The character of Kim So-hee, played by Kim Si-eun, is an impulsive, hot-tempered high school student whose passion is dancing. The film opens with So-hee, in an empty dance studio, practicing over and over again to master a choreography.
But this free spirit gradually collapses as she begins an internship at a grueling call center, part of her school’s curriculum, despite studying pet care. So-hee, nevertheless, tries to remain hopeful so as to not disappoint the adults in her life -- her teacher, boss and parents -- because she knows there is no turning back. Otherwise, she will be red-tagged at school.
She works hard. So-hee’s job is to stop angry customers who want to cancel their subscriptions from doing so. She is evaluated by her numerical output, just like her co-workers, also high schoolers.
The job is demanding for So-hee. Spending more than nine hours at a call center office filled with claustrophobic cubicle booths, So-hee repeats the same lines and is subject to verbal abuse from callers. She’s been told to intentionally delay calls and pass on the customers to her co-workers to milk as much cash from them as possible before finally processing their cancellations.
So-hee asks for help, but adults tell her to just endure.
So-hee does not have the protection of a contract: Rather, her position as an intern makes her vulnerable to exploitation for cheap labor. All she can do is drown her sorrows in soju and beer.
The first half of the film ends with So-hee ending her own life.
While director July Jung clearly portrays the capitalist system’s hold on the country’s education system, the film’s remaining half is led by detective Oh Yoo-jin (Bae Doo-na) who follows So-hee’s case and reveals the real cause of her death, confronting institutions like schools and companies that profit off youths’ labor.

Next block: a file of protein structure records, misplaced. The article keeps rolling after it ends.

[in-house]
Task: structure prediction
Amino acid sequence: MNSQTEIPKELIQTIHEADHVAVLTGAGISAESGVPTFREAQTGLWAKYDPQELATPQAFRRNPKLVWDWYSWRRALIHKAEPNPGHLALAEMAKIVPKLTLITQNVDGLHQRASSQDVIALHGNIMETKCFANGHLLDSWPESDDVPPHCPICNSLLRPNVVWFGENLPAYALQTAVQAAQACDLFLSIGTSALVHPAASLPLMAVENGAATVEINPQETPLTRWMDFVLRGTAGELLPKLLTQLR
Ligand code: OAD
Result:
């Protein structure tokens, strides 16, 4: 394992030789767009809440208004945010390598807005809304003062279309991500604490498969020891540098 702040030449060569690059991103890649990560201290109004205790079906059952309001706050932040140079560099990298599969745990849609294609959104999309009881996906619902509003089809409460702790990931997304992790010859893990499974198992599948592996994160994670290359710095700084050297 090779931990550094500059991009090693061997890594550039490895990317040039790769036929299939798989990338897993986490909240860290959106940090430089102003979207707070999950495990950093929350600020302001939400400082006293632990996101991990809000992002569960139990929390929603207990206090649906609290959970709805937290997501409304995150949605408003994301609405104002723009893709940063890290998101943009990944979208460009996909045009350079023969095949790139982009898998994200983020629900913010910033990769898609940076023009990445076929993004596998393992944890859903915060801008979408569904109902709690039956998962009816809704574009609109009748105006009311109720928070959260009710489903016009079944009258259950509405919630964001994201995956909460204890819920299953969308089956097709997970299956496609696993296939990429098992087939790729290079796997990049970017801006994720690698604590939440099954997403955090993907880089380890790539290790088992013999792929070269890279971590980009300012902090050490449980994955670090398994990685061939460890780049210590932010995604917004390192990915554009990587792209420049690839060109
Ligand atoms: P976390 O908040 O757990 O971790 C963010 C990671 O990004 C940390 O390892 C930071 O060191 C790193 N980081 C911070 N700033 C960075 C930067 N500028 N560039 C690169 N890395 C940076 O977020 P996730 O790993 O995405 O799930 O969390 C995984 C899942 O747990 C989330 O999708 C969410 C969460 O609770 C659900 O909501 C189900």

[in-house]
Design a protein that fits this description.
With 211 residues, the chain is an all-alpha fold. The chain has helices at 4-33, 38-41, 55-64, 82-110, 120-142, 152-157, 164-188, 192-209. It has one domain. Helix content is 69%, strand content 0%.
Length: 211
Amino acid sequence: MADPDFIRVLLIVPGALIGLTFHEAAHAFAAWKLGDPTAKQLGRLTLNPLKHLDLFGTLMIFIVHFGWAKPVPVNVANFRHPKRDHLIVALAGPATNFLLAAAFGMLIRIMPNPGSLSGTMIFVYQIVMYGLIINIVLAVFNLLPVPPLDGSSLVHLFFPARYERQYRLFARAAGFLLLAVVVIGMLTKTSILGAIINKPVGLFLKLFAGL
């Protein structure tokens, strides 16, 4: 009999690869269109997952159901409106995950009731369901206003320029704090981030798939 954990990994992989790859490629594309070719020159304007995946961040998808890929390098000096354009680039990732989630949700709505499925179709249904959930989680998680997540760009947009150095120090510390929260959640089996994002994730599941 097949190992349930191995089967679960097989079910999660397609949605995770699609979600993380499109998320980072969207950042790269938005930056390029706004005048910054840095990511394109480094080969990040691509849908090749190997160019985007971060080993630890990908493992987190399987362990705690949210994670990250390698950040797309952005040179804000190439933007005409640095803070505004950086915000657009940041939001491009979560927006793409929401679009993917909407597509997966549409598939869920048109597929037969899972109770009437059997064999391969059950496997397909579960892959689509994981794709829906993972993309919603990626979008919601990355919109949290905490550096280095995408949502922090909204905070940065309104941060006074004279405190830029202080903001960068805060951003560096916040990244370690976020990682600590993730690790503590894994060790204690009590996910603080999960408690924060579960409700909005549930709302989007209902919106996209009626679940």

Like many stories of this kind, pinpointing one culprit is not easy. Is the company which exploits young people’s passion for cheap labor responsible for this? Or is it the school that is negligent in students’ struggles, only obsessed with sending more students to internships? The parents who were in the dark? The Labor Ministry, Education Ministry? Yoo-jin, in her quest for truth, gets fed up with the blame game between the adults.
“Is this a school or an employment agency?” Yoo-jin asks a teacher, simmering in fury.
In the wake of So-hee’s death, adults continue to blame the victim.
“She just went quietly,” says the last person who saw So-hee alive, which is the reality of many Korean youths who suffer in silence.
Toward the end, Yoo-jin approaches Tae-joon, a close friend of So-hee, and tells him that if anything happens to him, he should come talk to her. Tae-joon bursts into tears saying “thank you.” Yoo-jin must have been the first adult to have said that to Tae-joon.
July Jung’s new project in nine years, “Next Sohee” is based on a true event -- a high school student who took her own life after a grueling job training program at a call center in 2017.
“I know it is too late to talk about the case at this point, but it’s only because I did not know (about the case) until recently. I thought that maybe I was part of the society which made this kind of event repeat itself. That’s what I thought when I was making this project, and even today,” Jung told reporters during a press conference held in CGV Yongsan, Tuesday.
As the title suggests, “Next Sohee” asks if there will be another So-hee and whether similar cases will continue to occur.
“When we were in middle of the shooting, there was a news report of a student doing an externship at this subcontracted company dying in an accident. He died while he was doing work underwater to remove shells from a yacht,” Jung said, adding that such cases soon became forgotten despite apologies from the president and education minister.
Actor Bae Doo-na said she was fascinated by everything about the film, including the story and the theme.
“It was definitely a difficult film to act. Without sensitive acting, I knew that the audience would feel bored,” Bae told reporters.
“Next Sohee” is also a debut film for rookie actor Kim Si-eun whose calm acting shines throughout the film.
The film was screened in May last year at the Cannes Film Festival and received a seven-minute standing ovation. It also won the best director award at the 26th Fantasia International Film Festival and was picked as the closing film. It also received three awards at the Amiens International Film Festival.
“Next Sohee” will be released in local cinemas on Feb. 8.